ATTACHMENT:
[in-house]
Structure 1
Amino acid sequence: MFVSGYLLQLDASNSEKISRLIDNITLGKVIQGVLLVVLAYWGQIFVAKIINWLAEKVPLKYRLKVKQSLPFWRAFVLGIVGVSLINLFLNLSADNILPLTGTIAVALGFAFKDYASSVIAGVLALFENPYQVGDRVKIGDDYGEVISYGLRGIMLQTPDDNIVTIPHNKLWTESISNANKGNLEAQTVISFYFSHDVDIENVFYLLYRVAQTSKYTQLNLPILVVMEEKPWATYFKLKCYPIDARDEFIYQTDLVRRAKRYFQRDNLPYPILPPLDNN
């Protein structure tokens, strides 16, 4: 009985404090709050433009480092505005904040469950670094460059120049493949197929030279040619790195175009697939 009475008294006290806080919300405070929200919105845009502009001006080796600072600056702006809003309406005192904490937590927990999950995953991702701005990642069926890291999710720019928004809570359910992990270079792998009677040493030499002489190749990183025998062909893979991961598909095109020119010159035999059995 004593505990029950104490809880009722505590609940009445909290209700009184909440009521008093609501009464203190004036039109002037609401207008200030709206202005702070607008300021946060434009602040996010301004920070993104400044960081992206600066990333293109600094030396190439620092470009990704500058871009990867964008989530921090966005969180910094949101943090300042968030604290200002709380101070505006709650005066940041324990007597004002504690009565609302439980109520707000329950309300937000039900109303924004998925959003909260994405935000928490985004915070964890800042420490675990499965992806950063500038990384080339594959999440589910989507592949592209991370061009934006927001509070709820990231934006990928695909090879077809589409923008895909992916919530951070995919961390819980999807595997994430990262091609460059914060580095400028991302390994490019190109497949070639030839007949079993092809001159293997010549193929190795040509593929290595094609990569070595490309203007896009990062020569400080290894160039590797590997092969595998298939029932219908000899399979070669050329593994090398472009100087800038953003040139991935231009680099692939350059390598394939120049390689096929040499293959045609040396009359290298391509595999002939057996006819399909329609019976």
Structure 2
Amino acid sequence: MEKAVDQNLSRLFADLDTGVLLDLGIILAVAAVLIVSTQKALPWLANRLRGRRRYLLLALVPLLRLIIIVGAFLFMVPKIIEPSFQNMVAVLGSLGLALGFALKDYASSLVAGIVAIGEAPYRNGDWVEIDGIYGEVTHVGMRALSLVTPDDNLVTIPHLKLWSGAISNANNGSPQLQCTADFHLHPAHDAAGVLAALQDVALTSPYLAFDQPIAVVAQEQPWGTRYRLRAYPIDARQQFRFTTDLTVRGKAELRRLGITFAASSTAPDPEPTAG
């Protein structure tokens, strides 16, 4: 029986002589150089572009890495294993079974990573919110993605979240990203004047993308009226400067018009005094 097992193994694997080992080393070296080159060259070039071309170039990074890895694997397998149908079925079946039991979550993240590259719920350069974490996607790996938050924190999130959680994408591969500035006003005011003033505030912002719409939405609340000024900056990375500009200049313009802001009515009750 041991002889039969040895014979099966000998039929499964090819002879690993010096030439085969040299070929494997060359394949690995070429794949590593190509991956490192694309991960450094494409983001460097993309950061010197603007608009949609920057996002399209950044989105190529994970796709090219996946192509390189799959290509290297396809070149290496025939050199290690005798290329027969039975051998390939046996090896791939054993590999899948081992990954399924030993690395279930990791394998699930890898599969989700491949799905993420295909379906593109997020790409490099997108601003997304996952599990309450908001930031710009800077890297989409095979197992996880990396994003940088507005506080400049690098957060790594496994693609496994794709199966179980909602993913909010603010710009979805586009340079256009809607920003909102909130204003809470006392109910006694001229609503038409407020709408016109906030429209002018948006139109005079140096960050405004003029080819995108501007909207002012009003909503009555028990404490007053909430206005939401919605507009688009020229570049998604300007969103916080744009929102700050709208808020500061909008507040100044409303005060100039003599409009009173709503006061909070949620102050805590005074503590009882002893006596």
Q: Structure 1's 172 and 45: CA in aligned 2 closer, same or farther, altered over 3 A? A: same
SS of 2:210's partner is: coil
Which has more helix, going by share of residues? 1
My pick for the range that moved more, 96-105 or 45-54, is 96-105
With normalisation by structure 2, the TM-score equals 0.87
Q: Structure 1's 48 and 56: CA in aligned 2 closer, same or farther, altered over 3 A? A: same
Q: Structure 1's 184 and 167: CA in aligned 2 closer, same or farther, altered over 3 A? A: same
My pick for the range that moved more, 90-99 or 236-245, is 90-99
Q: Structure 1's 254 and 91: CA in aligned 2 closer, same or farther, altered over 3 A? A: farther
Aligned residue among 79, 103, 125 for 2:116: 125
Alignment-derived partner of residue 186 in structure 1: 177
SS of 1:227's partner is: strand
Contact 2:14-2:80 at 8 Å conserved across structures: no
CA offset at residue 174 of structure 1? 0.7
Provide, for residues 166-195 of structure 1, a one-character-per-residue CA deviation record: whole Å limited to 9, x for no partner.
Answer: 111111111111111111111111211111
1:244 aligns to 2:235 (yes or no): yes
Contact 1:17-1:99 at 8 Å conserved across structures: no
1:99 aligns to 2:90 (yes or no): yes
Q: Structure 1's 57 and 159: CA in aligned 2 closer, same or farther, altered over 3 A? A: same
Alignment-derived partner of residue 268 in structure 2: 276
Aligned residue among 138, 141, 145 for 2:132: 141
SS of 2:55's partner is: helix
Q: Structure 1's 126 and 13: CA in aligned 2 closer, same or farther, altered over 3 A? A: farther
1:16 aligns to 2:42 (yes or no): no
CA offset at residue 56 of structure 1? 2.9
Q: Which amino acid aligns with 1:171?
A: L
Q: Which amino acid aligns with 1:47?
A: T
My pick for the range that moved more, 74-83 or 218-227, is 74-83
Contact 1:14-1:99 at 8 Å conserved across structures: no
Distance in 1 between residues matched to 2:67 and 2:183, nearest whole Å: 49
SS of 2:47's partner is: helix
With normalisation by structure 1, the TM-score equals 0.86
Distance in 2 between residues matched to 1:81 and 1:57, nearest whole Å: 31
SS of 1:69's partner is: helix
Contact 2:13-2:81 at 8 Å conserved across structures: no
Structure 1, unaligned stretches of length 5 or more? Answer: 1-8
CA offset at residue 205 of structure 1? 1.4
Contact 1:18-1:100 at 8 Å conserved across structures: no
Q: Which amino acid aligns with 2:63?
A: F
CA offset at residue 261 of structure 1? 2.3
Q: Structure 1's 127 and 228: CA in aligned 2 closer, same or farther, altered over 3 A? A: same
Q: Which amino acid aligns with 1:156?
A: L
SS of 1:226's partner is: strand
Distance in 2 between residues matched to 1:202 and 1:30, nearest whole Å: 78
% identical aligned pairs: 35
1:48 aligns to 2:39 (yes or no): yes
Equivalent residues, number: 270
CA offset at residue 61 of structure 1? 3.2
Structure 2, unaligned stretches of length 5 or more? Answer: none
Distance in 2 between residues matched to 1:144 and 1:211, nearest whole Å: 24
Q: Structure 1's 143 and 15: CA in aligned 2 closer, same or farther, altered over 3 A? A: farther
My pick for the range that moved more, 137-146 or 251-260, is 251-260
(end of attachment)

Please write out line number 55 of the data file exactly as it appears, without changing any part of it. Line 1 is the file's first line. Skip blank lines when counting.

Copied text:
SS of 1:226's partner is: strand